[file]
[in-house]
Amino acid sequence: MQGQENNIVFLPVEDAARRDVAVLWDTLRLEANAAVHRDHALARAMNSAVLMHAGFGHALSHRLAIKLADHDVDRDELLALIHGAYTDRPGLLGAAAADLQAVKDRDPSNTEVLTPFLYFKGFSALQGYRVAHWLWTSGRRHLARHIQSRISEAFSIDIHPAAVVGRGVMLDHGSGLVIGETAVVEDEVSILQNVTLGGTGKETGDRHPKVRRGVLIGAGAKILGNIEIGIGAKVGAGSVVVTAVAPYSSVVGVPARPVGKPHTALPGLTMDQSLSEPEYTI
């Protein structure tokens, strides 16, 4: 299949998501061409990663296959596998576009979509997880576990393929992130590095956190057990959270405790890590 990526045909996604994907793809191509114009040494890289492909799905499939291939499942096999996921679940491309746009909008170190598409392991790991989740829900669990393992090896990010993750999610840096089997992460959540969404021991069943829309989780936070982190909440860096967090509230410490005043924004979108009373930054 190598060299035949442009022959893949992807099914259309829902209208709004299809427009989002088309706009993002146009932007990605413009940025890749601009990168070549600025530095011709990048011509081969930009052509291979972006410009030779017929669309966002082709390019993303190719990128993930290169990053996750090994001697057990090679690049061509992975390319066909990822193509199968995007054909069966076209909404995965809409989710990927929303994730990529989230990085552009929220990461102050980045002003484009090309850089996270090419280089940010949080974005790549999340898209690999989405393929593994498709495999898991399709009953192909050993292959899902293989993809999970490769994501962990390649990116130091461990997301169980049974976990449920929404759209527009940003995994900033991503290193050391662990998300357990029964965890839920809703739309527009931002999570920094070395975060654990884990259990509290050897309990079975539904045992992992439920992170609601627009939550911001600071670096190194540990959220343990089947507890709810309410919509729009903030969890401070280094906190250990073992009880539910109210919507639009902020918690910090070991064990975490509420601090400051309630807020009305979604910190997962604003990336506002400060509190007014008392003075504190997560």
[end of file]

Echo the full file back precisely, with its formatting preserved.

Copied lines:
[in-house]
Amino acid sequence: MQGQENNIVFLPVEDAARRDVAVLWDTLRLEANAAVHRDHALARAMNSAVLMHAGFGHALSHRLAIKLADHDVDRDELLALIHGAYTDRPGLLGAAAADLQAVKDRDPSNTEVLTPFLYFKGFSALQGYRVAHWLWTSGRRHLARHIQSRISEAFSIDIHPAAVVGRGVMLDHGSGLVIGETAVVEDEVSILQNVTLGGTGKETGDRHPKVRRGVLIGAGAKILGNIEIGIGAKVGAGSVVVTAVAPYSSVVGVPARPVGKPHTALPGLTMDQSLSEPEYTI
């Protein structure tokens, strides 16, 4: 299949998501061409990663296959596998576009979509997880576990393929992130590095956190057990959270405790890590 990526045909996604994907793809191509114009040494890289492909799905499939291939499942096999996921679940491309746009909008170190598409392991790991989740829900669990393992090896990010993750999610840096089997992460959540969404021991069943829309989780936070982190909440860096967090509230410490005043924004979108009373930054 190598060299035949442009022959893949992807099914259309829902209208709004299809427009989002088309706009993002146009932007990605413009940025890749601009990168070549600025530095011709990048011509081969930009052509291979972006410009030779017929669309966002082709390019993303190719990128993930290169990053996750090994001697057990090679690049061509992975390319066909990822193509199968995007054909069966076209909404995965809409989710990927929303994730990529989230990085552009929220990461102050980045002003484009090309850089996270090419280089940010949080974005790549999340898209690999989405393929593994498709495999898991399709009953192909050993292959899902293989993809999970490769994501962990390649990116130091461990997301169980049974976990449920929404759209527009940003995994900033991503290193050391662990998300357990029964965890839920809703739309527009931002999570920094070395975060654990884990259990509290050897309990079975539904045992992992439920992170609601627009939550911001600071670096190194540990959220343990089947507890709810309410919509729009903030969890401070280094906190250990073992009880539910109210919507639009902020918690910090070991064990975490509420601090400051309630807020009305979604910190997962604003990336506002400060509190007014008392003075504190997560």